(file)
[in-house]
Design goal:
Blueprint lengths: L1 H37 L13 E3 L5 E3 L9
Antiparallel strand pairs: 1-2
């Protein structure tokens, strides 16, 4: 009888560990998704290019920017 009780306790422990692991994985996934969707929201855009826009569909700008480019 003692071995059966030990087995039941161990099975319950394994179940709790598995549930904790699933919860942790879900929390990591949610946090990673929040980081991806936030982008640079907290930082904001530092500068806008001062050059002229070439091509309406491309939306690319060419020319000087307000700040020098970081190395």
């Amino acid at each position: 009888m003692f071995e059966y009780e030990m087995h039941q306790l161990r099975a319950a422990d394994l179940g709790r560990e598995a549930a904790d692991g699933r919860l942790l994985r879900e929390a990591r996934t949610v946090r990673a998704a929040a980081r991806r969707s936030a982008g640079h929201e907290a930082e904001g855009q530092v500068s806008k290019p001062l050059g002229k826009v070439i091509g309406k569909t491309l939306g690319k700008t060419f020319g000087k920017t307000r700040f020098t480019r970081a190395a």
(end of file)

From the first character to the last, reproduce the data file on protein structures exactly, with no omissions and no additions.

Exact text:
[in-house]
Design goal:
Blueprint lengths: L1 H37 L13 E3 L5 E3 L9
Antiparallel strand pairs: 1-2
């Protein structure tokens, strides 16, 4: 009888560990998704290019920017 009780306790422990692991994985996934969707929201855009826009569909700008480019 003692071995059966030990087995039941161990099975319950394994179940709790598995549930904790699933919860942790879900929390990591949610946090990673929040980081991806936030982008640079907290930082904001530092500068806008001062050059002229070439091509309406491309939306690319060419020319000087307000700040020098970081190395």
């Amino acid at each position: 009888m003692f071995e059966y009780e030990m087995h039941q306790l161990r099975a319950a422990d394994l179940g709790r560990e598995a549930a904790d692991g699933r919860l942790l994985r879900e929390a990591r996934t949610v946090r990673a998704a929040a980081r991806r969707s936030a982008g640079h929201e907290a930082e904001g855009q530092v500068s806008k290019p001062l050059g002229k826009v070439i091509g309406k569909t491309l939306g690319k700008t060419f020319g000087k920017t307000r700040f020098t480019r970081a190395a």